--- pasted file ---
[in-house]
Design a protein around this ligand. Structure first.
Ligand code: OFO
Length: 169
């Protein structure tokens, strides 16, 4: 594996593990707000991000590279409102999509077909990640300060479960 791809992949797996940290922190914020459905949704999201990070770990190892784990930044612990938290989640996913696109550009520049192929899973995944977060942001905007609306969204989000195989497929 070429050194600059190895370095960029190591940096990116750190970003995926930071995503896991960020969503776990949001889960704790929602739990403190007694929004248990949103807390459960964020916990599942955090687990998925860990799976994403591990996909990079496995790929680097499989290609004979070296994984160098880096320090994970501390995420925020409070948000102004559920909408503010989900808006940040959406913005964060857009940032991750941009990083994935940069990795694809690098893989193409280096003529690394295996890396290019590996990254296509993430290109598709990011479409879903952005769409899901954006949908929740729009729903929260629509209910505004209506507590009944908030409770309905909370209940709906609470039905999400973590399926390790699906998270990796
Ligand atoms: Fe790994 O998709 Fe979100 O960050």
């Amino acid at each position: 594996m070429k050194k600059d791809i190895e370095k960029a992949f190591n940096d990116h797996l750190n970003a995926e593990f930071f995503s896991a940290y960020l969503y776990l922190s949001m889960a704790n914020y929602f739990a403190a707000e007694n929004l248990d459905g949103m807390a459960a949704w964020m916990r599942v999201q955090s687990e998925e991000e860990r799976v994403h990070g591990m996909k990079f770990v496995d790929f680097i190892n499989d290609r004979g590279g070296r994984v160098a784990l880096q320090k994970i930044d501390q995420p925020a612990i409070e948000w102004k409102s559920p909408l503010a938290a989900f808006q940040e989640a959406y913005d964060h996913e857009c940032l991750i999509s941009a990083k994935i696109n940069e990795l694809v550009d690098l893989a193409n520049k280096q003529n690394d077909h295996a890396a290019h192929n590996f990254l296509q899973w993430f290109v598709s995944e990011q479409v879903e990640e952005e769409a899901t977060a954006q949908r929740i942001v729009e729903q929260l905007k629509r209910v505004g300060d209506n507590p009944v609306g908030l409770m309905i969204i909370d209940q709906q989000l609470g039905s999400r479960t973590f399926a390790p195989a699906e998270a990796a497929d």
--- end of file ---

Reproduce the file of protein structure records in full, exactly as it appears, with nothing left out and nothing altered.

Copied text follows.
[in-house]
Design a protein around this ligand. Structure first.
Ligand code: OFO
Length: 169
């Protein structure tokens, strides 16, 4: 594996593990707000991000590279409102999509077909990640300060479960 791809992949797996940290922190914020459905949704999201990070770990190892784990930044612990938290989640996913696109550009520049192929899973995944977060942001905007609306969204989000195989497929 070429050194600059190895370095960029190591940096990116750190970003995926930071995503896991960020969503776990949001889960704790929602739990403190007694929004248990949103807390459960964020916990599942955090687990998925860990799976994403591990996909990079496995790929680097499989290609004979070296994984160098880096320090994970501390995420925020409070948000102004559920909408503010989900808006940040959406913005964060857009940032991750941009990083994935940069990795694809690098893989193409280096003529690394295996890396290019590996990254296509993430290109598709990011479409879903952005769409899901954006949908929740729009729903929260629509209910505004209506507590009944908030409770309905909370209940709906609470039905999400973590399926390790699906998270990796
Ligand atoms: Fe790994 O998709 Fe979100 O960050």
């Amino acid at each position: 594996m070429k050194k600059d791809i190895e370095k960029a992949f190591n940096d990116h797996l750190n970003a995926e593990f930071f995503s896991a940290y960020l969503y776990l922190s949001m889960a704790n914020y929602f739990a403190a707000e007694n929004l248990d459905g949103m807390a459960a949704w964020m916990r599942v999201q955090s687990e998925e991000e860990r799976v994403h990070g591990m996909k990079f770990v496995d790929f680097i190892n499989d290609r004979g590279g070296r994984v160098a784990l880096q320090k994970i930044d501390q995420p925020a612990i409070e948000w102004k409102s559920p909408l503010a938290a989900f808006q940040e989640a959406y913005d964060h996913e857009c940032l991750i999509s941009a990083k994935i696109n940069e990795l694809v550009d690098l893989a193409n520049k280096q003529n690394d077909h295996a890396a290019h192929n590996f990254l296509q899973w993430f290109v598709s995944e990011q479409v879903e990640e952005e769409a899901t977060a954006q949908r929740i942001v729009e729903q929260l905007k629509r209910v505004g300060d209506n507590p009944v609306g908030l409770m309905i969204i909370d209940q709906q989000l609470g039905s999400r479960t973590f399926a390790p195989a699906e998270a990796a497929d």